The new Forest Enhancement Society of B.C., supported by $85 million in government funding, will focus its efforts on wildfire risk reduction to complement the ministry’s existing forest stewardship programs and world-class wildfire suppression capabilities.
Forests, Lands and Natural Resource Operations Minister Steve Thomson provided details of the society in his keynote speech at the Association of BC Forest Professionals annual general meeting.
The new society will concentrate its activities on the following:
- Wildfire risk reduction: Fuel management activities such as thinning, pruning and removing woody debris from forests, especially those impacted by the mountain pine beetle infestation, to reduce wildfire risks in key areas. The recently updated Provincial Strategic Threat Analysis will provide guidance for potential treatments.
- Forest rehabilitation: Clearing stands damaged by wildfire, or at high risk from wildfire, and reforesting them.
- Wildlife habitat restoration: Designing fuel management and forest rehabilitation activities to promote desired wildlife habitat characteristics.
- FireSmart program: Raising awareness among local governments and rural property owners about steps they can take to protect their homes from wildfire.
The Strategic Wildfire Prevention Initiative, administered by the Union of BC Municipalities, focuses on reducing the wildfire risk in the two-kilometre wildland-urban interface surrounding communities. With its latest $10-million commitment, government has provided $78 million to this initiative since 2004. The Forest Enhancement Society of B.C. will complement the efforts of the Strategic Wildfire Prevention Initiative by supporting critical wildfire prevention work outside of interface areas and providing a landscape-level approach to wildfire risk reduction.
Local forest products businesses will have opportunities to purchase the timber, roadside debris and other forest fibre resulting from these activities, at market prices. This will, in turn, support rural employment.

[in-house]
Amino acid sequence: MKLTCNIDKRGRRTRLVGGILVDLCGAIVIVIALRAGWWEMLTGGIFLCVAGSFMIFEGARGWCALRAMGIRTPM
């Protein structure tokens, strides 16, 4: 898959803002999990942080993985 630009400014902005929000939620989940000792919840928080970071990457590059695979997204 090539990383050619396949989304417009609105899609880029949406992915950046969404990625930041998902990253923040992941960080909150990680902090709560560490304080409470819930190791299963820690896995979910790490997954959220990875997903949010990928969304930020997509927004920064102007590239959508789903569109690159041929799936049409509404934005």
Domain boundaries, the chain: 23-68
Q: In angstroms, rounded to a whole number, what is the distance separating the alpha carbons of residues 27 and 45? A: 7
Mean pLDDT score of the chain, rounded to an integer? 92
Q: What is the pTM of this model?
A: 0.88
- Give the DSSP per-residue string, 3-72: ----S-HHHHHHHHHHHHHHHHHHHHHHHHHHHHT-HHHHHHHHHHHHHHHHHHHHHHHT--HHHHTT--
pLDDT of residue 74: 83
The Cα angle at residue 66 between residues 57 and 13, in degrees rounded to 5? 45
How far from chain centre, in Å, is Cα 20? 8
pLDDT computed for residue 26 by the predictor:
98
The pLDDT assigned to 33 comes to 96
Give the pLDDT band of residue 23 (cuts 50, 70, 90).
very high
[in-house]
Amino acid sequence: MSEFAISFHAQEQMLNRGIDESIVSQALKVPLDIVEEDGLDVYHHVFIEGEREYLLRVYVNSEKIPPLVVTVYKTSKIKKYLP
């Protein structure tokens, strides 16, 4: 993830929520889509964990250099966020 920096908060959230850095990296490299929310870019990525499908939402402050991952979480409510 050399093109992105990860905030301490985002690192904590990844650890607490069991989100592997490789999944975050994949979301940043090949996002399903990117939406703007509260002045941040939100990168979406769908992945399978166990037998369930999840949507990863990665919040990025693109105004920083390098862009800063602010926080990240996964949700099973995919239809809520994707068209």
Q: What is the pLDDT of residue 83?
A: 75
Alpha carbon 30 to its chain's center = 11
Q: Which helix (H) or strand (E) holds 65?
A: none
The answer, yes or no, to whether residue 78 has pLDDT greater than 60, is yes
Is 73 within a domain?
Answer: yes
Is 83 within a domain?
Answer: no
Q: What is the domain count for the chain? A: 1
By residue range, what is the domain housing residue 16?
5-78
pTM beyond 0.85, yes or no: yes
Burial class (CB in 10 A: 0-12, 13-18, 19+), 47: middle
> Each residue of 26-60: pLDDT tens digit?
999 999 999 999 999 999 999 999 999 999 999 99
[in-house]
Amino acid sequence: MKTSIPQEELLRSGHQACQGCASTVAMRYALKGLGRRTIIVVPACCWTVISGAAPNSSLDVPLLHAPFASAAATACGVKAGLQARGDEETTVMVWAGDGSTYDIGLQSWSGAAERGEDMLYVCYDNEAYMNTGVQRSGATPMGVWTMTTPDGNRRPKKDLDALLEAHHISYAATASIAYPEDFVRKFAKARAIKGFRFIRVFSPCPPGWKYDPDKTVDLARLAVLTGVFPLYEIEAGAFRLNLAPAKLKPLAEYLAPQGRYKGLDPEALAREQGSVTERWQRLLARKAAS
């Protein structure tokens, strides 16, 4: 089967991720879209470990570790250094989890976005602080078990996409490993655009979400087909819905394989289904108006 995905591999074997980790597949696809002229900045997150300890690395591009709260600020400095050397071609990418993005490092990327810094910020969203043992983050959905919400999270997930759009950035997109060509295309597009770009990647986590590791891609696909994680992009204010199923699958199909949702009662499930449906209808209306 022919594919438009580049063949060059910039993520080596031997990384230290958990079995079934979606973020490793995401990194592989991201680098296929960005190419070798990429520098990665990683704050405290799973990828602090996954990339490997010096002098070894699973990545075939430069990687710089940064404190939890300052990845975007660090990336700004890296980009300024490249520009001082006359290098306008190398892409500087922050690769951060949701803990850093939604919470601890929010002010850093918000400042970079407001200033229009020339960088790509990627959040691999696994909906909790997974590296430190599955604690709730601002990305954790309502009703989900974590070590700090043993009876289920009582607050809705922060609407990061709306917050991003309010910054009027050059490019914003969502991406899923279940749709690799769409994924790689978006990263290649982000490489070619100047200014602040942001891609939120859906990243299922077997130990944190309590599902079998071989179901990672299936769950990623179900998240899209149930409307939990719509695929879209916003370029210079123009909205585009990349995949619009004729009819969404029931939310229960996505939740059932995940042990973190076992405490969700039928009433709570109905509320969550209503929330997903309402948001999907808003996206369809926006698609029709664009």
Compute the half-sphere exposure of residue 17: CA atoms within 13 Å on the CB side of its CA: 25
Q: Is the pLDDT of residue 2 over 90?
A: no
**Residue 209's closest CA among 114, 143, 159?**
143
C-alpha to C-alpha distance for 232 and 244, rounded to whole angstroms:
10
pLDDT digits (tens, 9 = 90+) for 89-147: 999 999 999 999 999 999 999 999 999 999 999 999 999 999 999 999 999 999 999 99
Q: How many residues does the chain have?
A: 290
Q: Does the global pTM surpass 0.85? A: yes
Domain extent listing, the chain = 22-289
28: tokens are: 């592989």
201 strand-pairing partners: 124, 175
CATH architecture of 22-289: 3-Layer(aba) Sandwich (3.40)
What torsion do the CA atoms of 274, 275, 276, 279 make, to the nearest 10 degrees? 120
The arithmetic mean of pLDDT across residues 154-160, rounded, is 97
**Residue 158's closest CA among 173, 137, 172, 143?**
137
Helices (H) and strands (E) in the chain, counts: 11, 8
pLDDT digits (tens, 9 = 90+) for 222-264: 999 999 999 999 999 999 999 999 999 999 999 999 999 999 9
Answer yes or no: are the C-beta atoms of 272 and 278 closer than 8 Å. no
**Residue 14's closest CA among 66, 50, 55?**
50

The work of the Forest Enhancement Society of B.C. will help meet the goal of a sustainable and reliable timber supply under the Forest Sector Competitiveness Strategy and aligns with the ministry’s other programs designed to enhance B.C.’s forests, most notably Forests for Tomorrow, Land Based Investment Strategy and integrated silviculture strategies.
The inaugural board meeting of the society will take place in March. The society’s immediate goals will be to set short-term priorities and engage with stakeholders.
As part of Budget 2016, the ministry’s Land Based Investment Strategy will see an increase of $12 million for 2016-17. Most of the increase will go toward Forests for Tomorrow, translating into increased fertilization of 8,000 to 20,000 hectares and providing for additional surveys and site preparation to plant 28 million seedlings annually by 2019-20.
Forests, Lands and Natural Resource Operations Minister Steve Thomson –
“The new society allows us to make new investments in our forests and protect the investments that we have already made. Altogether, we're investing an additional $107 million to ensure healthy and resilient forests for future generations to enjoy."
Association of BC Forest Professionals CEO Christine Gelowitz –
“The investment will benefit the long-term health of our forests and bring new opportunities for forest professionals and other people who work and live in forest-based communities across B.C."
Council of Forest Industries president and CEO Susan Yurkovich –
“The forest industry contributes $12 billion to the provincial GDP and supports 145,000 direct and indirect jobs in B.C. We are happy to see that the provincial government remains committed to ensuring a healthy, vibrant and sustainable natural resource sector."
- In September 2015, the B.C. government and the Union of BC Municipalities (UBCM) launched the $500,000 FireSmart community grant program to encourage more communities to participate in the program.
- Homeowners who live in wildland interface areas can help protect their properties from wildfire threats by using FireSmart principles. FireSmart Canada works closely with communities throughout the country to mitigate wildfire risks in interface areas, where urban development borders on forest or grassland areas.